I was shocked to see a photograph in The Japan Times last month of former Prime Minister Tomiichi Murayama and former Chief Cabinet Secretary Hiromu Nonaka laying a wreath at the statue of the late North Korean leader Kim Il Sung in Pyongyang. They looked rather sheepish. They should, in fact, have looked ashamed of themselves. Kim was responsible for many thousands of deaths and untold misery while he was dictator of North Korea. Kim’s list of crimes was not as long as that of some other dictators, but that was merely because the population of North Korea was relatively small compared with other countries ruled by communist or fascist dictators.

Probably the greatest monster of them all was China’s Chairman Mao Zedong, who together with Soviet leader Josef Stalin and German Chancellor Adolf Hitler made the 20th century such a horrific period for mankind. There were also others in the century whose names should be remembered for their ruthlessness and cruelty to mankind, and there are also, unfortunately, still others who are still alive and who have so far escaped punishment for their crimes, such as Iraqi President Saddam Hussein.

In China, some of the horrific acts carried out during the so-called Cultural Revolution have been recognized, but the full monstrosity of Mao’s regime has only been exposed abroad. In Russia, the truth about Stalin, KGB head Lavrenti Beria and his gang of evil criminals has been exposed, although there are always nationalists who are willing to praise the memories of dictators on the grounds that they made their country “great,” whatever that means.

There are still some neo-Nazis and suspect historians who either deny the Holocaust or claim that men like Hitler, Joseph Goebbels and Herman Goering were not ultimately responsible. But such people get short shrift in Germany.

Murayama was wise and correct to recognize Japanese responsibility for some of the criminal acts committed by members of Japan’s military in the name of the Emperor and to apologize. Rightwing politicians in Japan and some historians who should know better do Japan cause no good by pretending that either the “Great East Asia War” was justified (on very specious grounds) or that what happened either did not happen or at least was exaggerated.

I noted that on her visits to India and to South Africa, Queen Elizabeth II was rightly briefed to express regrets for actions that have stained the British record in these countries.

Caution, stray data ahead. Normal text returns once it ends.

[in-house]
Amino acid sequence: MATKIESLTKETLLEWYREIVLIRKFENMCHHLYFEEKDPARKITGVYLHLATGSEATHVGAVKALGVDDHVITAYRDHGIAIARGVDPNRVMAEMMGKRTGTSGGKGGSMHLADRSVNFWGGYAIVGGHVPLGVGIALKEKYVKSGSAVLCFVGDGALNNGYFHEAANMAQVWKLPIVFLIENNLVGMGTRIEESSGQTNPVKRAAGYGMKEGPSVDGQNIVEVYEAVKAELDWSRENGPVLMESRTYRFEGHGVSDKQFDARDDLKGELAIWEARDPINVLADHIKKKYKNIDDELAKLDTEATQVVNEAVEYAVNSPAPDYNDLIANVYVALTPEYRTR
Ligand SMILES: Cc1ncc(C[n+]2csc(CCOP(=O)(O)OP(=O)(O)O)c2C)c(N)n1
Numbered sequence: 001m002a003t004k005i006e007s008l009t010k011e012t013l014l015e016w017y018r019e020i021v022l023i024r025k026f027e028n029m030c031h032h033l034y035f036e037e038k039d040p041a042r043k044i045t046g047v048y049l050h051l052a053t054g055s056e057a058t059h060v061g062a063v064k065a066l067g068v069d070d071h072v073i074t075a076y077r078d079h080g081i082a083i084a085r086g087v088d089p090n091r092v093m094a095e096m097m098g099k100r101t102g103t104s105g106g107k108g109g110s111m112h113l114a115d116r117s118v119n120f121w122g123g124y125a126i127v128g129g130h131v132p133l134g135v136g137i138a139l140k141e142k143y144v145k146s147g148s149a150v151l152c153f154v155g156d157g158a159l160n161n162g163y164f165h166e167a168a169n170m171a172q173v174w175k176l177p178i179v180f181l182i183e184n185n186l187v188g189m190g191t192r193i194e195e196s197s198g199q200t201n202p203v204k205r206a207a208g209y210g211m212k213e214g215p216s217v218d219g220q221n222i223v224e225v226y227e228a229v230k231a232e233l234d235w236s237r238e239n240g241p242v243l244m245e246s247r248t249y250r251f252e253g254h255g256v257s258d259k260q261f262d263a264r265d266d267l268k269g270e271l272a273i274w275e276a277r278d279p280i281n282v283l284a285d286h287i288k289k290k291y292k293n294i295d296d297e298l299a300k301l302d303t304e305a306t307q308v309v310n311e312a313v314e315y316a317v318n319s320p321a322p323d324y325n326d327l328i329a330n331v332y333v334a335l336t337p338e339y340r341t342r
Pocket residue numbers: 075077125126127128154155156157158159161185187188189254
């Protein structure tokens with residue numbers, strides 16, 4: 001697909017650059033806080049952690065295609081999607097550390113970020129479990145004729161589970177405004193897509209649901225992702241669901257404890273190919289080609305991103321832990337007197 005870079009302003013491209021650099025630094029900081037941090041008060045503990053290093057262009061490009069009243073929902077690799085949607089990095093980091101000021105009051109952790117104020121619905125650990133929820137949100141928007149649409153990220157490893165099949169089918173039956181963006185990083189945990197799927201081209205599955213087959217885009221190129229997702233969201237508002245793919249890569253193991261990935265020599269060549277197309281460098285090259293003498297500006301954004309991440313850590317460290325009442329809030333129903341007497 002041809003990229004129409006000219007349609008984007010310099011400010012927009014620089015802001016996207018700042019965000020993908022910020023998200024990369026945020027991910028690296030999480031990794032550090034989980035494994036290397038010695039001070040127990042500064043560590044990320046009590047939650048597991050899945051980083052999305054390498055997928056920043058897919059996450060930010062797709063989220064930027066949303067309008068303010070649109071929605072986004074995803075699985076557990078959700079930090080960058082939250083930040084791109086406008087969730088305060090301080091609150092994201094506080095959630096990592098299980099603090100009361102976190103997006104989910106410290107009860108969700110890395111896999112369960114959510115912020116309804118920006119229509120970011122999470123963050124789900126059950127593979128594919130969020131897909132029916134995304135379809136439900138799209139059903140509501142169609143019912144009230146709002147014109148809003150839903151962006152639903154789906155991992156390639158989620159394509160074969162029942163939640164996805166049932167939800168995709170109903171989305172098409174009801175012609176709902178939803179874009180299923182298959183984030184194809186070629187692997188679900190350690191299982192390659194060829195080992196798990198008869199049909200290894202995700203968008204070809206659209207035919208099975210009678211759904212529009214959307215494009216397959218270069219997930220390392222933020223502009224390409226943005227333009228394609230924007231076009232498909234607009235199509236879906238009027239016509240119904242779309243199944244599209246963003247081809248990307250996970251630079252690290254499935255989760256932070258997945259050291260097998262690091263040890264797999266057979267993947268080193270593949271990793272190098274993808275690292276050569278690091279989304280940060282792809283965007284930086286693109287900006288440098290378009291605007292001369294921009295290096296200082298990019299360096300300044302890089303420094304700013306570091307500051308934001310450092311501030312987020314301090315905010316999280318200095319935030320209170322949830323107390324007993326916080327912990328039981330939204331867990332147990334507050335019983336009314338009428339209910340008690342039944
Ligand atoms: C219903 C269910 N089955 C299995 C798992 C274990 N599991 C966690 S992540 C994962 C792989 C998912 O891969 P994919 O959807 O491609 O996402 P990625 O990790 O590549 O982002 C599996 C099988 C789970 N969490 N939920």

Gen. Augusto Pinochet may well be too ill to stand trial for crimes committed in Chile while he was leader, but he could do his country a good service if he were to admit what happened and confess his own part in the events that caused so much suffering in Chile.

The turn of the century may be no different in the time of the world than any other winter solstice but it has provided a useful spur to look back on a century of tragedies and horrors as well as a century of technological and scientific revolution. It is important for all of us that we learn the lessons of the time.

One of those lessons is that democracy — despite all its faults — combined with an independent and fair legal system, is the best if not the only means available to obstruct the seizure of power by tyrants. Here it is important to remember that the media have a vital role to play. They must do all they can to preserve their independence from governments and from interest groups as well as self-seeking proprietors wanting to dictate policy.

The second is that governments do not and cannot know how to run an economy. They may and should be able to mitigate damage to individuals from the market economy, but governments are inherently inefficient both in allocating resources and in administering them. The danger with socialist attempts to run economies is that accountability is lost in the all-too-human attempt to pass the buck.

Another vital point if the errors and crimes of the past are to be avoided is that historical truth based on objectively researched facts must be sought and maintained against the propagandists and distorters. We owe it to future generations to ensure that attempts to rewrite the history of the 20th century are condemned for their perversions of the facts.

Returning to the tricky question of relations with North Korea, I recognize that Murayama and Nonaka probably felt that if they were to make any progress in talks with the North Korean regime they had to make some gesture to the present rulers, who doubtless insisted on the wreath-laying being included in their program. But I still think that they should have firmly resisted this, pointing out that the Japanese government did not have diplomatic relations with the North Korean regime, and that as representatives of a democratic society that upholds human rights they could not for moral and political reasons carry out an act that would be seen in Japan and the world as the worst kind of political hypocrisy.

In a speech at Hamada in Shimane Prefecture last October to an international symposium, I set out the dilemmas facing Japan in relation to North Korea. I will not repeat these arguments here, but my conclusions are still relevant. There is a case for attempting to establish a dialogue with the North Korean regime and North Korea’s need for food has to be born in mind. But Japan would be wise not to get ahead of the United States in any discussions with the regime. The U.S. and the Japanese may well have to combine both “the carrot and the stick” in their dealings with this evil regime. The carrot should not, however, become appeasement, which always fails in the end. I trust that the Japanese government will be firm in any talks with North Korea and will never forget that Japan’s security in relation to the perceived threat from North Korea depends ultimately on the U.S. security shield.

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